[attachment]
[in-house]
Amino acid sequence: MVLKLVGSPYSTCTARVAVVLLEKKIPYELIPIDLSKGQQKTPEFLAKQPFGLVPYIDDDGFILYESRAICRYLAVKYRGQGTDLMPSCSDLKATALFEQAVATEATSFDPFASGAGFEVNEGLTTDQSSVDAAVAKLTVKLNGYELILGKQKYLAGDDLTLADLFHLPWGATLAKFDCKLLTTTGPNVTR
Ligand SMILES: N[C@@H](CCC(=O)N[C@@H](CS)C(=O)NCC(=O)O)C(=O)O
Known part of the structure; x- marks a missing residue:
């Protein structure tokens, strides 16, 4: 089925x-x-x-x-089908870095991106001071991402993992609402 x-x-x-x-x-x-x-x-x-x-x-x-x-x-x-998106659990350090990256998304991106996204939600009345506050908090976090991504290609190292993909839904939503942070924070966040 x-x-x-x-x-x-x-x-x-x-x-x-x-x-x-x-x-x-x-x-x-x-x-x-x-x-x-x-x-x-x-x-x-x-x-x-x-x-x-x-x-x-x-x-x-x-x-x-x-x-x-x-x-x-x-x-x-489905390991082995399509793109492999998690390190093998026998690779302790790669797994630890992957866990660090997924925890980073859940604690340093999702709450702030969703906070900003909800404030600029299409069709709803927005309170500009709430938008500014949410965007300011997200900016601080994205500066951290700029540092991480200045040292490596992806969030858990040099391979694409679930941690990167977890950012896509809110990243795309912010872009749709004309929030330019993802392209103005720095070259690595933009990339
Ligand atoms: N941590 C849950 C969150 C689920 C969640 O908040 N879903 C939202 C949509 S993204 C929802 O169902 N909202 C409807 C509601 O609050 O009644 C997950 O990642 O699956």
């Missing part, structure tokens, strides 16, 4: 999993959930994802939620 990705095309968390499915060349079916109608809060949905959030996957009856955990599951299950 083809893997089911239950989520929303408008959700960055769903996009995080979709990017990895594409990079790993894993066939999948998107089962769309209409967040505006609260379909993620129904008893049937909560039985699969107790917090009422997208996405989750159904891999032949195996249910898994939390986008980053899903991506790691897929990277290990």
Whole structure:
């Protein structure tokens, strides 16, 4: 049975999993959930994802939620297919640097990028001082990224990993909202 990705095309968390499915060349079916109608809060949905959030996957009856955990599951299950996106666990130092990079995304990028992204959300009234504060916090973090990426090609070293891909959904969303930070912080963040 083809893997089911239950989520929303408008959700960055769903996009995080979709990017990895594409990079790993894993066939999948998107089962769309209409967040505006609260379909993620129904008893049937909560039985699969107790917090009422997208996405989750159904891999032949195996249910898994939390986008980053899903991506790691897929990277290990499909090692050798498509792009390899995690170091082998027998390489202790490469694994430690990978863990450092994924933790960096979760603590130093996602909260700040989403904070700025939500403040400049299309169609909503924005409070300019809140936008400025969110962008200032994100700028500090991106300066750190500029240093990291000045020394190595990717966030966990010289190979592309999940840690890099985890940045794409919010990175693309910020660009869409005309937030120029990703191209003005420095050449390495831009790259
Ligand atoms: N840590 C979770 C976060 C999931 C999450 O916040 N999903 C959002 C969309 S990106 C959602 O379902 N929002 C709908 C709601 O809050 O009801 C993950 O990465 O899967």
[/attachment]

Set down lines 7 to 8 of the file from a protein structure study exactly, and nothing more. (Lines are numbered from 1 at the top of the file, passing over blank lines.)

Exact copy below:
């Missing part, structure tokens, strides 16, 4: 999993959930994802939620 990705095309968390499915060349079916109608809060949905959030996957009856955990599951299950 083809893997089911239950989520929303408008959700960055769903996009995080979709990017990895594409990079790993894993066939999948998107089962769309209409967040505006609260379909993620129904008893049937909560039985699969107790917090009422997208996405989750159904891999032949195996249910898994939390986008980053899903991506790691897929990277290990």
Whole structure: